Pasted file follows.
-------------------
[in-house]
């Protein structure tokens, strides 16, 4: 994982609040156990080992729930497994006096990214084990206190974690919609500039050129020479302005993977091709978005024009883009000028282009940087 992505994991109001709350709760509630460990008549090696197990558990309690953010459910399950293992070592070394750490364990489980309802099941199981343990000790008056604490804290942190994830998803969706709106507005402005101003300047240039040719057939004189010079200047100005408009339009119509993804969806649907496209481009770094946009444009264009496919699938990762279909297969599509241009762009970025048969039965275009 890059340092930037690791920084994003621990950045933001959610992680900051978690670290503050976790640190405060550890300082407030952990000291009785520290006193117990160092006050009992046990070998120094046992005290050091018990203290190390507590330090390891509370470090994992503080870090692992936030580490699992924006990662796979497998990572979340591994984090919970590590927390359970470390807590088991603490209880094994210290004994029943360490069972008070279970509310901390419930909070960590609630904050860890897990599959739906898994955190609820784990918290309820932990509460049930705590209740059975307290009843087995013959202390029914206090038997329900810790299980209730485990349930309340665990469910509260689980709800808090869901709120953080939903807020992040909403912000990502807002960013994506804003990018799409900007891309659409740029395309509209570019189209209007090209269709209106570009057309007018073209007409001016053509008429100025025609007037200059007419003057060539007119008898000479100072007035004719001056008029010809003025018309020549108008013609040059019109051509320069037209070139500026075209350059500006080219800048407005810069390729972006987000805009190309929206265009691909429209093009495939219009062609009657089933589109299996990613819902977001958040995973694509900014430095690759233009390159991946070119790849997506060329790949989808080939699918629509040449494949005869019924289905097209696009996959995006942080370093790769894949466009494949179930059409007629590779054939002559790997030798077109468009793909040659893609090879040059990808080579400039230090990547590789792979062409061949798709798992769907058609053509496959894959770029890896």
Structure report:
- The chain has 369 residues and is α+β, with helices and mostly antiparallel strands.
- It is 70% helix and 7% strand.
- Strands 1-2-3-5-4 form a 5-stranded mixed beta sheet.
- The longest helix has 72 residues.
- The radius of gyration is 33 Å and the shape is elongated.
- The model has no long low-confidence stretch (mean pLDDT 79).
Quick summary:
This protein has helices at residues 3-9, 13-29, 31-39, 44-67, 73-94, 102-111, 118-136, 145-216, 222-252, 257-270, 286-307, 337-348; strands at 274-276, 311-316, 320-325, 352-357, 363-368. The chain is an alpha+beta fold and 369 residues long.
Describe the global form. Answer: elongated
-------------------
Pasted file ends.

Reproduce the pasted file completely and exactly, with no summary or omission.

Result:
[in-house]
């Protein structure tokens, strides 16, 4: 994982609040156990080992729930497994006096990214084990206190974690919609500039050129020479302005993977091709978005024009883009000028282009940087 992505994991109001709350709760509630460990008549090696197990558990309690953010459910399950293992070592070394750490364990489980309802099941199981343990000790008056604490804290942190994830998803969706709106507005402005101003300047240039040719057939004189010079200047100005408009339009119509993804969806649907496209481009770094946009444009264009496919699938990762279909297969599509241009762009970025048969039965275009 890059340092930037690791920084994003621990950045933001959610992680900051978690670290503050976790640190405060550890300082407030952990000291009785520290006193117990160092006050009992046990070998120094046992005290050091018990203290190390507590330090390891509370470090994992503080870090692992936030580490699992924006990662796979497998990572979340591994984090919970590590927390359970470390807590088991603490209880094994210290004994029943360490069972008070279970509310901390419930909070960590609630904050860890897990599959739906898994955190609820784990918290309820932990509460049930705590209740059975307290009843087995013959202390029914206090038997329900810790299980209730485990349930309340665990469910509260689980709800808090869901709120953080939903807020992040909403912000990502807002960013994506804003990018799409900007891309659409740029395309509209570019189209209007090209269709209106570009057309007018073209007409001016053509008429100025025609007037200059007419003057060539007119008898000479100072007035004719001056008029010809003025018309020549108008013609040059019109051509320069037209070139500026075209350059500006080219800048407005810069390729972006987000805009190309929206265009691909429209093009495939219009062609009657089933589109299996990613819902977001958040995973694509900014430095690759233009390159991946070119790849997506060329790949989808080939699918629509040449494949005869019924289905097209696009996959995006942080370093790769894949466009494949179930059409007629590779054939002559790997030798077109468009793909040659893609090879040059990808080579400039230090990547590789792979062409061949798709798992769907058609053509496959894959770029890896």
Structure report:
- The chain has 369 residues and is α+β, with helices and mostly antiparallel strands.
- It is 70% helix and 7% strand.
- Strands 1-2-3-5-4 form a 5-stranded mixed beta sheet.
- The longest helix has 72 residues.
- The radius of gyration is 33 Å and the shape is elongated.
- The model has no long low-confidence stretch (mean pLDDT 79).
Quick summary:
This protein has helices at residues 3-9, 13-29, 31-39, 44-67, 73-94, 102-111, 118-136, 145-216, 222-252, 257-270, 286-307, 337-348; strands at 274-276, 311-316, 320-325, 352-357, 363-368. The chain is an alpha+beta fold and 369 residues long.
Describe the global form. Answer: elongated